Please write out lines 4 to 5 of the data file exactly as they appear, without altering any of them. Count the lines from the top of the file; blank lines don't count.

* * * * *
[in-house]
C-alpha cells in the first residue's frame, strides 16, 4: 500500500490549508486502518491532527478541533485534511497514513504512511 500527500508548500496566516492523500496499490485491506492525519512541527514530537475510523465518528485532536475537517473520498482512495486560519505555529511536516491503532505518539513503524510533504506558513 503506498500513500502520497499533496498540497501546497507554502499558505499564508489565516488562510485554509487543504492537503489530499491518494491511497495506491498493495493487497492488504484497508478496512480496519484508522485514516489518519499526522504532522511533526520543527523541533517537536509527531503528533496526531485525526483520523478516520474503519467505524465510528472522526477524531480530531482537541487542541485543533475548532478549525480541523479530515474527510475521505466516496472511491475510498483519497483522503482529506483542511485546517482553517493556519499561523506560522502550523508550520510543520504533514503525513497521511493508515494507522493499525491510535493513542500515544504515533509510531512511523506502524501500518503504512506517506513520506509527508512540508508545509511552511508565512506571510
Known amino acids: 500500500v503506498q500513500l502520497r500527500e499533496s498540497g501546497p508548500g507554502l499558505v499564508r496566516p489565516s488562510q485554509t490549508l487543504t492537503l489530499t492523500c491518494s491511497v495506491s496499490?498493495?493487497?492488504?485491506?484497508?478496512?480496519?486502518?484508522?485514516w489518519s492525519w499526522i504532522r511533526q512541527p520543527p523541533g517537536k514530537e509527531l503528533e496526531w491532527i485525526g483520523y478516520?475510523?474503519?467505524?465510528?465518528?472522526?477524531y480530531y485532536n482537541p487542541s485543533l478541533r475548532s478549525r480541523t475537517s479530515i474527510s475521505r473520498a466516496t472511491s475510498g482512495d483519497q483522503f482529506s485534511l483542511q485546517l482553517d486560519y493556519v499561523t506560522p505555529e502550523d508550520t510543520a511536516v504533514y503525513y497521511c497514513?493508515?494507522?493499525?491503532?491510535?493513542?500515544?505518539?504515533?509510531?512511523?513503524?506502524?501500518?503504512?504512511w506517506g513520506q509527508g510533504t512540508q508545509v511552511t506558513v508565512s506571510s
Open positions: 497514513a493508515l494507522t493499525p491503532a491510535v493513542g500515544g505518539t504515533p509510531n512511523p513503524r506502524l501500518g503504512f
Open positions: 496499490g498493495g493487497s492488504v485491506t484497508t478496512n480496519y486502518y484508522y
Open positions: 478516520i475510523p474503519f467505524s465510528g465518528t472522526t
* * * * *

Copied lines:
Open positions: 497514513a493508515l494507522t493499525p491503532a491510535v493513542g500515544g505518539t504515533p509510531n512511523p513503524r506502524l501500518g503504512f
Open positions: 496499490g498493495g493487497s492488504v485491506t484497508t478496512n480496519y486502518y484508522y